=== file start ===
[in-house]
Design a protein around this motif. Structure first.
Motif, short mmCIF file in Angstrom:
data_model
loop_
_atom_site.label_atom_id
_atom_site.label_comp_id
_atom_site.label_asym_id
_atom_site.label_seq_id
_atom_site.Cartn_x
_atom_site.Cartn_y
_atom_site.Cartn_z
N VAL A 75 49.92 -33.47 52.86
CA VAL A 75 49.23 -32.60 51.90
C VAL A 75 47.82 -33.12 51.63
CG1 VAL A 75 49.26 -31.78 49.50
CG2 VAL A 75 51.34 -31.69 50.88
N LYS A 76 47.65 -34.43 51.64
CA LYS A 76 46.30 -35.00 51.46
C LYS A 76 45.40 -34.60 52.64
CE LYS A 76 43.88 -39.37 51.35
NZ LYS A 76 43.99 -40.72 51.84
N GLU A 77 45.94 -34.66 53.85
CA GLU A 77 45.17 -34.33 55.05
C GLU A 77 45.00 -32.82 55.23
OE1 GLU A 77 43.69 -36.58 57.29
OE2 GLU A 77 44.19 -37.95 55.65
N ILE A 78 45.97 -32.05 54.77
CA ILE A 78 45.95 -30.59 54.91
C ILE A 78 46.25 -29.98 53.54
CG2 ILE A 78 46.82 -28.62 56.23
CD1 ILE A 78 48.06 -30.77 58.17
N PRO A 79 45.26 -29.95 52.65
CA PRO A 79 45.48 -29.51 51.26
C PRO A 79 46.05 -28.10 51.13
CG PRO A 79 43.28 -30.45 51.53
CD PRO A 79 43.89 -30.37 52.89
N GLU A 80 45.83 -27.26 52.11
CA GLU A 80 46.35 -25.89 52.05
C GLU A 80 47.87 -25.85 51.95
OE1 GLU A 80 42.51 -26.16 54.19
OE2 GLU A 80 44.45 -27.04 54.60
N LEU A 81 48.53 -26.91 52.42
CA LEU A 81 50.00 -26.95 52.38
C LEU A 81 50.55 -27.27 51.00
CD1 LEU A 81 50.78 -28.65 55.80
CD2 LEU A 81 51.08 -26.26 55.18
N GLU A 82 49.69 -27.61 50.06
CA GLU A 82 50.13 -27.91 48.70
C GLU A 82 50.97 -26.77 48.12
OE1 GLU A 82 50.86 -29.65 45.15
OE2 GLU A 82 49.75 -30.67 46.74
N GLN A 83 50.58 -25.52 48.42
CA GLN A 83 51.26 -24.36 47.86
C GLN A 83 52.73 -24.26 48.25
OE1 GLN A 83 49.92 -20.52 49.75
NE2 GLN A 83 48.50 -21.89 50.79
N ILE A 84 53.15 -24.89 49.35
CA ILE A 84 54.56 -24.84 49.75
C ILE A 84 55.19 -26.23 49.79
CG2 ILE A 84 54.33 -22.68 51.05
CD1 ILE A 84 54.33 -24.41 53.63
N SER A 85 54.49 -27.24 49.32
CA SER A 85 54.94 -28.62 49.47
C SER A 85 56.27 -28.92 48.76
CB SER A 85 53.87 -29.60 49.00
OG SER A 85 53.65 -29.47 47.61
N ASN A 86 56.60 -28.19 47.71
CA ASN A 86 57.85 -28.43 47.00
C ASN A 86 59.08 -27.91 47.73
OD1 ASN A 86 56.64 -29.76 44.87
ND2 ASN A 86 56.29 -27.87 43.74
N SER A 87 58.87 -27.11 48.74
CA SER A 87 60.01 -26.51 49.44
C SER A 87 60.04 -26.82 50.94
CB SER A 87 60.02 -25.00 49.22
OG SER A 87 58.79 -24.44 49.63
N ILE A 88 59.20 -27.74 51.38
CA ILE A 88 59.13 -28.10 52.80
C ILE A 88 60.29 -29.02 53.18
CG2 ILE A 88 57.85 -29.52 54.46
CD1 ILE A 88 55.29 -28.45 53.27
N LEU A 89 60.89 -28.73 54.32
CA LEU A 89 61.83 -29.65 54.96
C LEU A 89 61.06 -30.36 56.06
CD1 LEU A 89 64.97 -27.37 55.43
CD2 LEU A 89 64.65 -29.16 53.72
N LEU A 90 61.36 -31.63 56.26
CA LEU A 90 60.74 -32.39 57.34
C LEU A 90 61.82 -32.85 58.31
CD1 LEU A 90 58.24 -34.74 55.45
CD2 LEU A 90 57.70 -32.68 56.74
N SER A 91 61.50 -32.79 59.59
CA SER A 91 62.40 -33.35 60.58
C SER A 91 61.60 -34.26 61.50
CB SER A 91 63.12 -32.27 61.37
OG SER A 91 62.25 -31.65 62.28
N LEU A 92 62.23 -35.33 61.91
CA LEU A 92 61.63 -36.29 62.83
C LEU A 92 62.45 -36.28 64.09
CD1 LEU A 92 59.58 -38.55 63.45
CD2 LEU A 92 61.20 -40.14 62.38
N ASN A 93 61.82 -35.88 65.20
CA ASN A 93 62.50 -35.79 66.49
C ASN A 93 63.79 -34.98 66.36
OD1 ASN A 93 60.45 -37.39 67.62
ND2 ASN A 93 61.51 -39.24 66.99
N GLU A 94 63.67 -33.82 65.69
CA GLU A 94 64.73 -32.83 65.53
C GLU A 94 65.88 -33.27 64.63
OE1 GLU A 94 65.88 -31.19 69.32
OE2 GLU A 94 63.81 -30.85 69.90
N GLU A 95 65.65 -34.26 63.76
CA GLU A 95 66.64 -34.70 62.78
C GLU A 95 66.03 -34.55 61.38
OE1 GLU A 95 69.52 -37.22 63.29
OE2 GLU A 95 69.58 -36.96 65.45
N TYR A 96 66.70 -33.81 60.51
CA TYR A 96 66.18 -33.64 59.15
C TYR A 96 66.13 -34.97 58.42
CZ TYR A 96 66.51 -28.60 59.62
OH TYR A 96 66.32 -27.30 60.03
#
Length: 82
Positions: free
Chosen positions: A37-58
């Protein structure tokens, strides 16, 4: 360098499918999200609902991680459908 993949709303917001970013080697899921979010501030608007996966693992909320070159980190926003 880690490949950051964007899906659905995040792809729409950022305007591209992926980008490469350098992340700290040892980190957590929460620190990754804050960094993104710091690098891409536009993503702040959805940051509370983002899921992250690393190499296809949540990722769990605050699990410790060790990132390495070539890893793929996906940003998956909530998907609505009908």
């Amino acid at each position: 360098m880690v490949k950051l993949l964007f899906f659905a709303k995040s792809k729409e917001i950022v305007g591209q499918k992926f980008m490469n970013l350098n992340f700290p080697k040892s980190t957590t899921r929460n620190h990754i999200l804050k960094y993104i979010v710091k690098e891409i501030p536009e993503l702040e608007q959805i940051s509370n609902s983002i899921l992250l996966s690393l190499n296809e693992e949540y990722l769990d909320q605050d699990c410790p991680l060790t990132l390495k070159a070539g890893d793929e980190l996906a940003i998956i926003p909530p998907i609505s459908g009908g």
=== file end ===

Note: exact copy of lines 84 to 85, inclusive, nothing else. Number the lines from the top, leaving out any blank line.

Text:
CA LEU A 89 61.83 -29.65 54.96
C LEU A 89 61.06 -30.36 56.06